Originally Posted: December 8, 2015
Academic leader and political science scholar Harold W. Stanley has been named SMU’s vice president for executive affairs, effective Feb. 1, 2016. Stanley has been serving as vice president for academic affairs and provost ad interim since June. He previously served as an SMU associate provost.
In his new role he will work with SMU President R. Gerald Turner on strategic planning, campus master planning and a variety of other University matters. He replaces Thomas E. Barry, who has served in the position since 1995. Barry has announced his retirement from that position, effective Dec. 31.
“Harold Stanley’s service in the Office of the Provost has provided him with deep knowledge of the University and its operations,” Turner said. “He has served on committees focusing on the curriculum, honors program and the Second Century Campaign. As a distinguished member of the Political Science faculty, he brings a strong understanding of the University’s mission of teaching, research and service. I am delighted that an accomplished academic administrator from within the SMU community is ready to step into this important role.”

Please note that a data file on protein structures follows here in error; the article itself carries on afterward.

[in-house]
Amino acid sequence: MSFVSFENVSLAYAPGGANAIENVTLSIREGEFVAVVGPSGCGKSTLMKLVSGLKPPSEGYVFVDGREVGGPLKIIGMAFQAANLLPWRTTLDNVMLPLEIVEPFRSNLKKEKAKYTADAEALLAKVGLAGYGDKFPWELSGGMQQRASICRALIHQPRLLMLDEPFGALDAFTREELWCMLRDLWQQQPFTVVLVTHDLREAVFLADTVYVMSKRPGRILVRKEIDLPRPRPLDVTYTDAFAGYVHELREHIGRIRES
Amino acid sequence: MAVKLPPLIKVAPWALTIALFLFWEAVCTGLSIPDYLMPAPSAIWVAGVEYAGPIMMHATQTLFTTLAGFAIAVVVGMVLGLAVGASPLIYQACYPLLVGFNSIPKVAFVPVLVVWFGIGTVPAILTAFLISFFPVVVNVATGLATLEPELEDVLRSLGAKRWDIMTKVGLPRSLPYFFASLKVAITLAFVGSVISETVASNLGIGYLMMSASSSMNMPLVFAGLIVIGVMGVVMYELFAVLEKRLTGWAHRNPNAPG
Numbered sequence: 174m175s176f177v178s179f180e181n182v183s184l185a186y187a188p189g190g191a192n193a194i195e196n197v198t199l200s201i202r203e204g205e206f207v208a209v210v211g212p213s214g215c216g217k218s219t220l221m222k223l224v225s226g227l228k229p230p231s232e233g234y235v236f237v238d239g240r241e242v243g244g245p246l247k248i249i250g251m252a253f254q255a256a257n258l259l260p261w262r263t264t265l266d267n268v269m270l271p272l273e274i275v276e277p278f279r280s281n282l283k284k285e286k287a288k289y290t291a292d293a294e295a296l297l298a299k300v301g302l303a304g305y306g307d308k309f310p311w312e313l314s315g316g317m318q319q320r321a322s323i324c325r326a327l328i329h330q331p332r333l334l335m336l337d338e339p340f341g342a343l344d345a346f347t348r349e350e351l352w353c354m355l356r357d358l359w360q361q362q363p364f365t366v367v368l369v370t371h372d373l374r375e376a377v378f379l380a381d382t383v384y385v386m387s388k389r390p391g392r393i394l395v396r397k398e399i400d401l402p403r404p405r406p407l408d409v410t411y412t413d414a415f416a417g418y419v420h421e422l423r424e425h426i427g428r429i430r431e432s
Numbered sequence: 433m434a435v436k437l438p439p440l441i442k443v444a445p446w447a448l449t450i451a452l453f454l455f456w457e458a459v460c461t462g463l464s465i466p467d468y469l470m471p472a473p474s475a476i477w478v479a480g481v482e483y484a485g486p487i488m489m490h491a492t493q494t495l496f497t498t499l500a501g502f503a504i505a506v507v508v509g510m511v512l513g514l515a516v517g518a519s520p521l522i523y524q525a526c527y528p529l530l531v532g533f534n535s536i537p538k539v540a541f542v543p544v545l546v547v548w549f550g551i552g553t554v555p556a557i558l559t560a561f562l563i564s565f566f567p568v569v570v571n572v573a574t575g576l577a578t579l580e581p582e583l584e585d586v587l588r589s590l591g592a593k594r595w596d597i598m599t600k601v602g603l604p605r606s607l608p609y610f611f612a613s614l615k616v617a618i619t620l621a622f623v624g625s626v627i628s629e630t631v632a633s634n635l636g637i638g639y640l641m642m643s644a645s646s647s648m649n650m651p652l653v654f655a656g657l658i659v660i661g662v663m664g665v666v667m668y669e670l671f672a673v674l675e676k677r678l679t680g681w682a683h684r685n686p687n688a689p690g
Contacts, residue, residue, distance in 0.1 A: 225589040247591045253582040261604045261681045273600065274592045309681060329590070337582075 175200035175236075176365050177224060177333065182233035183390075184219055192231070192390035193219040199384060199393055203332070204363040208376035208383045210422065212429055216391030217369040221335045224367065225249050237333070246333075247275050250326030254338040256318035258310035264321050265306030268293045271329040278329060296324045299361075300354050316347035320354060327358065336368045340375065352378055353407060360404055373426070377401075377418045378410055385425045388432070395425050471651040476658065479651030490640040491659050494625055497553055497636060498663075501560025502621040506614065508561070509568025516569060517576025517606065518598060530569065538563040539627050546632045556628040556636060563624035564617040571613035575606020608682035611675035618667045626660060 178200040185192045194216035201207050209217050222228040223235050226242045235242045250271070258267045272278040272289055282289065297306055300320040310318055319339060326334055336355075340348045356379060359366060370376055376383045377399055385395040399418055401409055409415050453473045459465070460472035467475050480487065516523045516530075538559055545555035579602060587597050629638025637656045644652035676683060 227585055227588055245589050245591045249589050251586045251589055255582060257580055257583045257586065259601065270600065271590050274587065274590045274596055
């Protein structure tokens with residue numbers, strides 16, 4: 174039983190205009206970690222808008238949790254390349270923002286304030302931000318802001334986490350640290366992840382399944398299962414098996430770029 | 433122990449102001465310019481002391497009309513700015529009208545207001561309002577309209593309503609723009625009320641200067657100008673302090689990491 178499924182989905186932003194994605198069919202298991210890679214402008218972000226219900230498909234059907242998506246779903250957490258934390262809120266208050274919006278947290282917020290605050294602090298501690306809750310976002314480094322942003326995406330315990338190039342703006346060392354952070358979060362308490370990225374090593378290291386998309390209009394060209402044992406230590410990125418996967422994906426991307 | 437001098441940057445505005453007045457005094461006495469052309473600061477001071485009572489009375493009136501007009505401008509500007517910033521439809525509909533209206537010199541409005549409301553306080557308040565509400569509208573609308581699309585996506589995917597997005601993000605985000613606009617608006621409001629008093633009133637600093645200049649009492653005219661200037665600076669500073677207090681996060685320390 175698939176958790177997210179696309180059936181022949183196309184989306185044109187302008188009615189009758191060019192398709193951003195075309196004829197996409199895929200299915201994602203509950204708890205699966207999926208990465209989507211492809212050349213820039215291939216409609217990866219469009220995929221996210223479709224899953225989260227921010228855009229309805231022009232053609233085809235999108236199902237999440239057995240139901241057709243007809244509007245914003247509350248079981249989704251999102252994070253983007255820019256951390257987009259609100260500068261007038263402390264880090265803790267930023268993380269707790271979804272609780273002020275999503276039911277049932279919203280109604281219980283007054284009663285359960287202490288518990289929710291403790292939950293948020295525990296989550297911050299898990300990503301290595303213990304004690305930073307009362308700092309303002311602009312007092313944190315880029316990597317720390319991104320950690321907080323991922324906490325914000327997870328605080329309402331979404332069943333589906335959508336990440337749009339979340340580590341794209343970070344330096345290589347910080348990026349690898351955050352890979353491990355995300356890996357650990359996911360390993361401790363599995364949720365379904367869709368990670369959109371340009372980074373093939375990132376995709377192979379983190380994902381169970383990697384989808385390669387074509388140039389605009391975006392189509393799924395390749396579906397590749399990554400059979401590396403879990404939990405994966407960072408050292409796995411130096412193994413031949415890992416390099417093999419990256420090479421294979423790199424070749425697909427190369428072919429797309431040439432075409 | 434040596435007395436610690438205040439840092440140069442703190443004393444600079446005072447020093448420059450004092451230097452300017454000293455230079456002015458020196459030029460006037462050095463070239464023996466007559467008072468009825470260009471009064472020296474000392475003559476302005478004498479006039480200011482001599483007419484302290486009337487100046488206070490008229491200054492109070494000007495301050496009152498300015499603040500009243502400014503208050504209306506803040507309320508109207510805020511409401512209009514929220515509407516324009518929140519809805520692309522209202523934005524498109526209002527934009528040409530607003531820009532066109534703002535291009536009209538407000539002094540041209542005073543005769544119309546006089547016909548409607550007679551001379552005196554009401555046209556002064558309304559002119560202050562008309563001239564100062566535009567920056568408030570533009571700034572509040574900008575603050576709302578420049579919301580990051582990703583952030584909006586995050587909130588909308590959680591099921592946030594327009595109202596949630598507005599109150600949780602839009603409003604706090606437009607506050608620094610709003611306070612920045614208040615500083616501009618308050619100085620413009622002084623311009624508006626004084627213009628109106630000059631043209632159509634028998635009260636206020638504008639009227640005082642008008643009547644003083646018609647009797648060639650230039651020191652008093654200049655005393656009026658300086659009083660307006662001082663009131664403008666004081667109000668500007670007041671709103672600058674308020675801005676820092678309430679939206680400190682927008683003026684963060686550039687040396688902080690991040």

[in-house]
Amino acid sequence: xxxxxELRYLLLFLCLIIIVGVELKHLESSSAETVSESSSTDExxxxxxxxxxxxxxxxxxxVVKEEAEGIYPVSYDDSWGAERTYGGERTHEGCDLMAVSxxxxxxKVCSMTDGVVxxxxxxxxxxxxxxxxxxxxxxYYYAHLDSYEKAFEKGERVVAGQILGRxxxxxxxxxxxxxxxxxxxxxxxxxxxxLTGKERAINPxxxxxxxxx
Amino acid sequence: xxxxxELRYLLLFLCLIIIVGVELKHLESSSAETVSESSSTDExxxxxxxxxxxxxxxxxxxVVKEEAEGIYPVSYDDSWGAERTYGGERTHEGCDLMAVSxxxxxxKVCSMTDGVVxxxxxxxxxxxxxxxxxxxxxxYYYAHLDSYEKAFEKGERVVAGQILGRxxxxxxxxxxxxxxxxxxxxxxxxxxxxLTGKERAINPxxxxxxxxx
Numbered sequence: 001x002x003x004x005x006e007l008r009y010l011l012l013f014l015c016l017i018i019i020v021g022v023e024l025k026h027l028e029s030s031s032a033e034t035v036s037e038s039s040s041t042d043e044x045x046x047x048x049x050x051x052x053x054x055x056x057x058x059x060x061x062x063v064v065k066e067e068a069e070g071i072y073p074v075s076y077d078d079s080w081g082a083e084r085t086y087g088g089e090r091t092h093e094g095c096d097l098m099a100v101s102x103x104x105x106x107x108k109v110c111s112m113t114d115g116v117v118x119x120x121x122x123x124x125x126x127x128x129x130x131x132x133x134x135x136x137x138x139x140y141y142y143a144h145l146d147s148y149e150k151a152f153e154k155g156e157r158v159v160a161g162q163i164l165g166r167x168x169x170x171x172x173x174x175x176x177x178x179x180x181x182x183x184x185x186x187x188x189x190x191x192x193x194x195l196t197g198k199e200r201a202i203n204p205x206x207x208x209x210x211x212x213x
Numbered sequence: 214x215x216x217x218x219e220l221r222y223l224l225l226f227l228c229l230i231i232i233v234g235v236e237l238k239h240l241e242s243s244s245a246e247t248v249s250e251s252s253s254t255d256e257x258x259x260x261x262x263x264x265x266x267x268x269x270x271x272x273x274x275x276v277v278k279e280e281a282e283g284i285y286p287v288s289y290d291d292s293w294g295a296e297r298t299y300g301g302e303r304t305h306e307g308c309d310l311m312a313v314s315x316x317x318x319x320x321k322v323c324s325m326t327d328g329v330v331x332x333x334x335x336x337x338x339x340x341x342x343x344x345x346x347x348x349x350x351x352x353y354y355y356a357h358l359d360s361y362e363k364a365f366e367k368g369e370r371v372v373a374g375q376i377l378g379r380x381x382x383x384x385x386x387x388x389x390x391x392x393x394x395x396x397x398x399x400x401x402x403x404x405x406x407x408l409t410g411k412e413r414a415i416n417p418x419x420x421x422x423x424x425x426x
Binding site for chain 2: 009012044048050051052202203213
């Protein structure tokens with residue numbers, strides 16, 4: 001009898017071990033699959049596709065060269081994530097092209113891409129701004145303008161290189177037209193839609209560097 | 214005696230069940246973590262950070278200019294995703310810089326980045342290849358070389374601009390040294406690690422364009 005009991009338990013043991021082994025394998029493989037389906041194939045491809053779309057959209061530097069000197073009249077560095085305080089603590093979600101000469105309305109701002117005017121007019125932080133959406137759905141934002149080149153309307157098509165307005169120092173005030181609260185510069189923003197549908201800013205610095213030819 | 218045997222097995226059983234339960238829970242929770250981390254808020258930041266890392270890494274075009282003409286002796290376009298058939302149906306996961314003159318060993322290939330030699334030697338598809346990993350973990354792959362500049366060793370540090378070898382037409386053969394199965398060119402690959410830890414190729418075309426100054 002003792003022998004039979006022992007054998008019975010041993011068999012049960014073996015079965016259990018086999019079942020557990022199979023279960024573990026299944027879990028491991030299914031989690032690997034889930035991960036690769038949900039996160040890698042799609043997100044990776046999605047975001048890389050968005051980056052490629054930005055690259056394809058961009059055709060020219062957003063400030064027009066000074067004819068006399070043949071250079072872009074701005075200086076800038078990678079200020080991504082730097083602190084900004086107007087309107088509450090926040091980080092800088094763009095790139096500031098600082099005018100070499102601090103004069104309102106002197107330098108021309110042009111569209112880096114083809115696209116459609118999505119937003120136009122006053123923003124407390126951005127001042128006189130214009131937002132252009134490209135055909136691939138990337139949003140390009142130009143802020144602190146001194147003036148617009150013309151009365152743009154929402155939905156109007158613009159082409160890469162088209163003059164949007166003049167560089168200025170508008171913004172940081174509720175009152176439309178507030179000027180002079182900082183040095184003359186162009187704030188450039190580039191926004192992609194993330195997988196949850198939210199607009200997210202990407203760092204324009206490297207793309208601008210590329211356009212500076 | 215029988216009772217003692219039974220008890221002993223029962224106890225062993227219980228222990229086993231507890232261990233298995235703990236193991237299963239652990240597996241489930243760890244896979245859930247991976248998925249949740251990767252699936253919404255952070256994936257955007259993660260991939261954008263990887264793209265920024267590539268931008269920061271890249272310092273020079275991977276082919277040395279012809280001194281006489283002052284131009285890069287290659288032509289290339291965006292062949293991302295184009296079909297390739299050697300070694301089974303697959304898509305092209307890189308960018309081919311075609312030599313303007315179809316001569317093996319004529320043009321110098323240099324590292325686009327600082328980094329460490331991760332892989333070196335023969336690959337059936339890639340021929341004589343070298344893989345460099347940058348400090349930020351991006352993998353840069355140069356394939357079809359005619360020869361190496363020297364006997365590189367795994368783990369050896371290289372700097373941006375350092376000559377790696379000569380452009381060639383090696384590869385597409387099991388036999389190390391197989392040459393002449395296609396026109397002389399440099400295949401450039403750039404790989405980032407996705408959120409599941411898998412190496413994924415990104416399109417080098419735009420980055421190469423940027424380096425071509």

As an associate provost, Stanley oversaw SMU’s international study, research and internship programs in its International Center; teaching, research and other activities at the University’s New Mexico campus, SMU-in-Taos; student academic services in the Altshuler Learning Enhancement Center and the Loyd Center for the Academic Development of Student Athletes; and the University’s most prestigious scholarship for exceptional students, the President’s Scholars program.
Stanley came to SMU in 2003 as the Geurin-Pettus Distinguished Chair in American Politics and Political Economy in Dedman College of Humanities and Sciences. READ MORE
Originally Posted: December 4, 2015
National data mining competition features analytical and problem-solving skills
A team of eight SMU students has been awarded second place and another team of five students received honorable mention in the annual SAS Analytics Shootout competition. The data mining competition winners were announced at the annual SAS Analytics Conference in Las Vegas, Nevada.